In their rage against the Evil Tories, activists are in danger of expanding the definition of “human rights” so far that the term loses all meaning
Last month, a ruling was handed down by a High Court judge. It barely received a ripple of attention in the media at the time, but it has potentially profound implications for our country and the ability of our elected governments to make policy.
In a stunning act of judicial activism masquerading as enlightened compassion, Justice Collins held that by implementing the welfare cap pledged in their manifesto, the Conservative government is actively discriminating against disabled people who might rely on the help of carers – other people – hit by the benefit cap.
The Guardian reports:
The welfare secretary, Iain Duncan Smith, unlawfully discriminated against disabled people by failing to exempt their carers from the benefit cap, a high court judge has ruled.
Mr Justice Collins said the government’s decision to apply the cap to full-time carers for adult relatives had created serious financial hardship for them, forced many to give up caring for loved ones, and loaded extra costs on to the NHS and care services.
The benefit cap, which limits working-age unemployed people to £500 a week in benefits, was introduced by the government on the basis that it sent a strong message to so-called workless families that they had to try harder to get a job.
The court ruled that the two carers who brought the case – and who were caring for upwards of 35 hours a week – were effectively in work even though they were in receipt of benefits, and therefore should be exempt from the cap.
Clearly the government should not have used the word “workless” and referred instead to “families without employment”. Of course caring for someone with illness or disability is work, though not employment. But a failure of semantics is hardly sufficient reason to overturn a flagship government policy, as Justice Collins seems to advocate:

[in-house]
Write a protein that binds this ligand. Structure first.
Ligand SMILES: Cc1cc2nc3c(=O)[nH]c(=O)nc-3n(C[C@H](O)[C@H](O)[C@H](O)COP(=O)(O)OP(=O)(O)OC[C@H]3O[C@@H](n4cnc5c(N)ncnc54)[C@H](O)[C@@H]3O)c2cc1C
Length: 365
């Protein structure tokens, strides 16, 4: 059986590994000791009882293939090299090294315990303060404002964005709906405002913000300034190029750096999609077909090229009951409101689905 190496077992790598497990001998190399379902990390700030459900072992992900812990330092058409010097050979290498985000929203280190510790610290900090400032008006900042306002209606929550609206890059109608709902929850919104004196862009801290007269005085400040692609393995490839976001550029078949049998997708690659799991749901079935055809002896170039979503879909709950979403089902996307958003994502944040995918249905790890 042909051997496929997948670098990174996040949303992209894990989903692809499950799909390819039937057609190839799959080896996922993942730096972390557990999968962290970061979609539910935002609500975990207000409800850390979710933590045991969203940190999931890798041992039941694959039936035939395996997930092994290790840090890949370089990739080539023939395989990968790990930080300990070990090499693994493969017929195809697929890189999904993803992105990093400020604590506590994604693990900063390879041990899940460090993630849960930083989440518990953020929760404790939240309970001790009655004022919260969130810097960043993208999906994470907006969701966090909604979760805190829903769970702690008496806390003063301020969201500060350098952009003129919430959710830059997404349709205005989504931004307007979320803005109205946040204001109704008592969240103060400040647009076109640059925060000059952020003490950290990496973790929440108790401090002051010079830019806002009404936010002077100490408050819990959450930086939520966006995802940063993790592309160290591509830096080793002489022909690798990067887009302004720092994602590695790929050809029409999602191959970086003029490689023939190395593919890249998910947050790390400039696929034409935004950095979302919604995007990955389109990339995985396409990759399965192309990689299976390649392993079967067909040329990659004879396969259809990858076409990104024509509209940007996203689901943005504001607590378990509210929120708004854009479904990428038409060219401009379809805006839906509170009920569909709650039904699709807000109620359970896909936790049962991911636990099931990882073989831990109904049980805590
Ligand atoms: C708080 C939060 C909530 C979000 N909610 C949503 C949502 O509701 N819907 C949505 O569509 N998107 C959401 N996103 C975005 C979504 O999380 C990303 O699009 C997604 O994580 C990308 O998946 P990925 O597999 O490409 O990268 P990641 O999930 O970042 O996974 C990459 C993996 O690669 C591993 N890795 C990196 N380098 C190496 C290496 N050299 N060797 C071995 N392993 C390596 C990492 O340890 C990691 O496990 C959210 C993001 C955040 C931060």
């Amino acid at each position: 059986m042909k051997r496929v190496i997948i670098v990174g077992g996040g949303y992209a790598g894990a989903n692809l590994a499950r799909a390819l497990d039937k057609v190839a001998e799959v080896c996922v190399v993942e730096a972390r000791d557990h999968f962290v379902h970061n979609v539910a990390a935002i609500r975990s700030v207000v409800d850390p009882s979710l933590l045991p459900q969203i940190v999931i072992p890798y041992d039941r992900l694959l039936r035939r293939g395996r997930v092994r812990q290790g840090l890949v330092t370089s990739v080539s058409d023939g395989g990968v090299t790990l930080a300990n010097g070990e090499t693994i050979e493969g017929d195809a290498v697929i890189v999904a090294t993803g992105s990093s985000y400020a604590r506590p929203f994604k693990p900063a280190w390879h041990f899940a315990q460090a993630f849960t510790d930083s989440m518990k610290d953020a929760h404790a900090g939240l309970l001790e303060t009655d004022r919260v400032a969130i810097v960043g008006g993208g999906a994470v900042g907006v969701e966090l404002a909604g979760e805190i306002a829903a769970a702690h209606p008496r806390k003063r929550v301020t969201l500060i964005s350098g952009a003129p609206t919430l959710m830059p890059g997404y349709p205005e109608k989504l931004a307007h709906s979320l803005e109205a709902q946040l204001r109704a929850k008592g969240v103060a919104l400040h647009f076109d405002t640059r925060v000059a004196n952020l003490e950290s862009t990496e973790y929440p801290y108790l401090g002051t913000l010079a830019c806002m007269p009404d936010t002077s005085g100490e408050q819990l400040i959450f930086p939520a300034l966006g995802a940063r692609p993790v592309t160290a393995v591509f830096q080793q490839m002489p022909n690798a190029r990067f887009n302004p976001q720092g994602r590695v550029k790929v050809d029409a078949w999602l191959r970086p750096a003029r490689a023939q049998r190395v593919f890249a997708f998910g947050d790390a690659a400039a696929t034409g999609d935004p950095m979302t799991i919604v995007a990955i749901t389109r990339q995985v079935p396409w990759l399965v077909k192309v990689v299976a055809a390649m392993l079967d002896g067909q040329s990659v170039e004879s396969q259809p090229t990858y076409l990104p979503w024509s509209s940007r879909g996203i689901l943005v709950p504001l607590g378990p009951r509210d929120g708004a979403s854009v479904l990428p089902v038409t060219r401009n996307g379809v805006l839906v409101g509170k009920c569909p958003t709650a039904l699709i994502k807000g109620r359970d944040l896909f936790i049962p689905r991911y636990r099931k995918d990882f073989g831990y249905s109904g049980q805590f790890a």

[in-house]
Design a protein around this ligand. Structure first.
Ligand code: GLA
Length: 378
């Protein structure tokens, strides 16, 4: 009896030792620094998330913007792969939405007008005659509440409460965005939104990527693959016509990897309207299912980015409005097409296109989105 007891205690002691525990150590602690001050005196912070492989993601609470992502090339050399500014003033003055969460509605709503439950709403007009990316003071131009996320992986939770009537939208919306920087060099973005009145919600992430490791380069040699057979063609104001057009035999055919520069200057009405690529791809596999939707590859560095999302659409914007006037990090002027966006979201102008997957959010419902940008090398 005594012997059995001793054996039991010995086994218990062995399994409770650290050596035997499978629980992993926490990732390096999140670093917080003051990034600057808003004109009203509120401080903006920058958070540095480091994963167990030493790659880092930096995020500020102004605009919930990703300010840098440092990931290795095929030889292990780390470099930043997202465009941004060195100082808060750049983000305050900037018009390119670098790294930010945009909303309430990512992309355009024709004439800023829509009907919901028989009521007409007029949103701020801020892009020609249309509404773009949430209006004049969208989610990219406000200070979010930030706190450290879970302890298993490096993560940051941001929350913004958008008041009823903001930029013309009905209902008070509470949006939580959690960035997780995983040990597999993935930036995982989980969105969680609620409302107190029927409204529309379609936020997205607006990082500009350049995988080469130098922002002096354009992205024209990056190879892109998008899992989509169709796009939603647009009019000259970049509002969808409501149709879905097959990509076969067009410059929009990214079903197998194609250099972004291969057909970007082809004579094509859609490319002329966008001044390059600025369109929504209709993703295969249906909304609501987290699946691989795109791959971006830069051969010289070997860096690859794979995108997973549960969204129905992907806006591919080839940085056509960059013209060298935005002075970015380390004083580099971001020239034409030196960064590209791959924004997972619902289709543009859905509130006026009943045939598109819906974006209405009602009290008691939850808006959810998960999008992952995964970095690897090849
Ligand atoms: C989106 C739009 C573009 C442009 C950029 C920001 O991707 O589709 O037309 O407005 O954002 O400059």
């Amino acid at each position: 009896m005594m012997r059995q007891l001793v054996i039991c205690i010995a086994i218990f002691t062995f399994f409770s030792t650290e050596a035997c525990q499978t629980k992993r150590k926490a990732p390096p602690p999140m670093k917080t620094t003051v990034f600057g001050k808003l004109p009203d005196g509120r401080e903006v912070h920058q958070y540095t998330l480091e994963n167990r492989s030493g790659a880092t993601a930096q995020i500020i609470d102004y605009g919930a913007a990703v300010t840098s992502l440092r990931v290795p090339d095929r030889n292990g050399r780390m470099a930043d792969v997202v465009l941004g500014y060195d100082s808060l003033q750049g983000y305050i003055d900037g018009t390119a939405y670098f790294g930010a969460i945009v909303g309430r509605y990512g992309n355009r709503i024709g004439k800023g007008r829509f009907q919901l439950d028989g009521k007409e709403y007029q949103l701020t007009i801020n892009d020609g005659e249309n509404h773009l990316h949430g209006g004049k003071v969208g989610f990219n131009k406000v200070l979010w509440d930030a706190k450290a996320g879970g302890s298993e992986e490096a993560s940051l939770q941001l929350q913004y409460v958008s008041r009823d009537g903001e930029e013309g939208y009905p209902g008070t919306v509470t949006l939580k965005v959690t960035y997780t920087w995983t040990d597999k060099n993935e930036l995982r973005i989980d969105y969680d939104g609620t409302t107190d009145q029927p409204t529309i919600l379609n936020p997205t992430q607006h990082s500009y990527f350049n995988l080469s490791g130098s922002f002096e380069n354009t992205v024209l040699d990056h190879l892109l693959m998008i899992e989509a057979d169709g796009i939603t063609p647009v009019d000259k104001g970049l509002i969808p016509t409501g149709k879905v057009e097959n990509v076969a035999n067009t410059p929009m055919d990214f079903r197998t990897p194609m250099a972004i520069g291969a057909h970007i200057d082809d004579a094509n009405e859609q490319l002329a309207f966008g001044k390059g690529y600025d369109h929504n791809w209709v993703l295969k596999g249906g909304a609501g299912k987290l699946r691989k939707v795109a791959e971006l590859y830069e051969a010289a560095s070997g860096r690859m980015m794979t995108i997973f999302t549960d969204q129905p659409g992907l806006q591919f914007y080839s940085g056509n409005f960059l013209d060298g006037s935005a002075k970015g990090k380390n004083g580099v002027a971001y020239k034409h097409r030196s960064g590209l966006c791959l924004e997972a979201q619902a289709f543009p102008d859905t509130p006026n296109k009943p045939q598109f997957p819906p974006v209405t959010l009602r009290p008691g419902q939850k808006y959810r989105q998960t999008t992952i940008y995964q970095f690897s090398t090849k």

Collins ruled that by applying the cap to unpaid family carers the secretary of state had unlawfully discriminated against seriously disabled people, because it meant they would no longer receive care from a trusted family member or relation.
He said: “For many it matters deeply that they are cared for by a family member. Thus there is adverse treatment since, although care can be provided by others, the loss of a trusted carer can be devastating”.
This ruling is but one small part of a wider programme of judicial activism which has seen the government found by our own Supreme Court to be in breach of international human rights obligations, has seen Britain investigated by the United Nations on the ludicrous suspicion of institutional domestic human rights abuses, and which establishes a truly terrible precedent in law. With this ruling, the government can theoretically be held liable for violating the human rights of Person A simply by enacting a policy that adversely impacts Person B.
Thus our so-called human rights now extend to the people around us, and a harm inflicted on any one of them is a harm inflicted on us. Not only is every citizen already surrounded by an ever-expanding protective bubble of their own “human rights” (including such imaginary leaps as the right of foreign criminals to a “family life” while serving a prison sentence), now that bubble theoretically extends to anybody associated with them in a caring capacity.
Let’s be clear – making somebody worse off financially is not a breach of their human rights, let alone the human rights of somebody else for whom they act as carer. It may be bad policy. It may be mean spirited. It may be short sighted or have any number of other flaws as a piece of social policy. But to call it a breach of a person’s human rights is an extraordinary over-stepping of the mark. Discrimination means treating somebody differently because of an inherent characteristic, but activists are now crying “discrimination!” when the government fails to treat people sufficiently differently.
These attempts by the Left to weaponise the issue of human rights must be fiercely resisted. If human rights are to mean anything, they must be primal, sacrosanct and indivisible. It is hard to express those universal rights any better than the signatories of the US Declaration of Independence, who referred to “life, liberty and the pursuit of happiness”. Life and liberty in particular are crystal clear, and the state should have no power to infringe upon these rights except in the gravest of circumstances (usually as punishment after being found guilty of committing a crime).